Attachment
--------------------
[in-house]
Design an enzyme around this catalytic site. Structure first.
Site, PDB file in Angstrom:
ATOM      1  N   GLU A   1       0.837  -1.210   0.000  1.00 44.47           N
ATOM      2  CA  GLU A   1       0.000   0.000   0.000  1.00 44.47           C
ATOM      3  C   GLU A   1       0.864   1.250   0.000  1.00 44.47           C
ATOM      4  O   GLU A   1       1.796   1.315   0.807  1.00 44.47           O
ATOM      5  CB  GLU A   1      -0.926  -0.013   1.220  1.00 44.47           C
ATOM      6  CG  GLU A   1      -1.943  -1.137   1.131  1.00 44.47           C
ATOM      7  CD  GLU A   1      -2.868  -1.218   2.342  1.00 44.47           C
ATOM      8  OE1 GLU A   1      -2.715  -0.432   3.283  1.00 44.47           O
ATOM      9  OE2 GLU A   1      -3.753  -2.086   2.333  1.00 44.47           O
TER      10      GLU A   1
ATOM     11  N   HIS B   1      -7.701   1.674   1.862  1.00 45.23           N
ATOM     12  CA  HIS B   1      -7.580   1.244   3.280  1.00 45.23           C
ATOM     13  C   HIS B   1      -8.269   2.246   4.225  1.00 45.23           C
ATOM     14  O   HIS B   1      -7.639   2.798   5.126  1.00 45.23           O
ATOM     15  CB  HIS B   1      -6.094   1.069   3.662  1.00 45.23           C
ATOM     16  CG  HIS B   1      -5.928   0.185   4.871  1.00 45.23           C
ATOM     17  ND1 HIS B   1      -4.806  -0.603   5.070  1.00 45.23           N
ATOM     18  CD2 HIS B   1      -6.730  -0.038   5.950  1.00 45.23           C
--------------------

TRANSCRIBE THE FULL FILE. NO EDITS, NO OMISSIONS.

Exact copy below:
[in-house]
Design an enzyme around this catalytic site. Structure first.
Site, PDB file in Angstrom:
ATOM      1  N   GLU A   1       0.837  -1.210   0.000  1.00 44.47           N
ATOM      2  CA  GLU A   1       0.000   0.000   0.000  1.00 44.47           C
ATOM      3  C   GLU A   1       0.864   1.250   0.000  1.00 44.47           C
ATOM      4  O   GLU A   1       1.796   1.315   0.807  1.00 44.47           O
ATOM      5  CB  GLU A   1      -0.926  -0.013   1.220  1.00 44.47           C
ATOM      6  CG  GLU A   1      -1.943  -1.137   1.131  1.00 44.47           C
ATOM      7  CD  GLU A   1      -2.868  -1.218   2.342  1.00 44.47           C
ATOM      8  OE1 GLU A   1      -2.715  -0.432   3.283  1.00 44.47           O
ATOM      9  OE2 GLU A   1      -3.753  -2.086   2.333  1.00 44.47           O
TER      10      GLU A   1
ATOM     11  N   HIS B   1      -7.701   1.674   1.862  1.00 45.23           N
ATOM     12  CA  HIS B   1      -7.580   1.244   3.280  1.00 45.23           C
ATOM     13  C   HIS B   1      -8.269   2.246   4.225  1.00 45.23           C
ATOM     14  O   HIS B   1      -7.639   2.798   5.126  1.00 45.23           O
ATOM     15  CB  HIS B   1      -6.094   1.069   3.662  1.00 45.23           C
ATOM     16  CG  HIS B   1      -5.928   0.185   4.871  1.00 45.23           C
ATOM     17  ND1 HIS B   1      -4.806  -0.603   5.070  1.00 45.23           N
ATOM     18  CD2 HIS B   1      -6.730  -0.038   5.950  1.00 45.23           C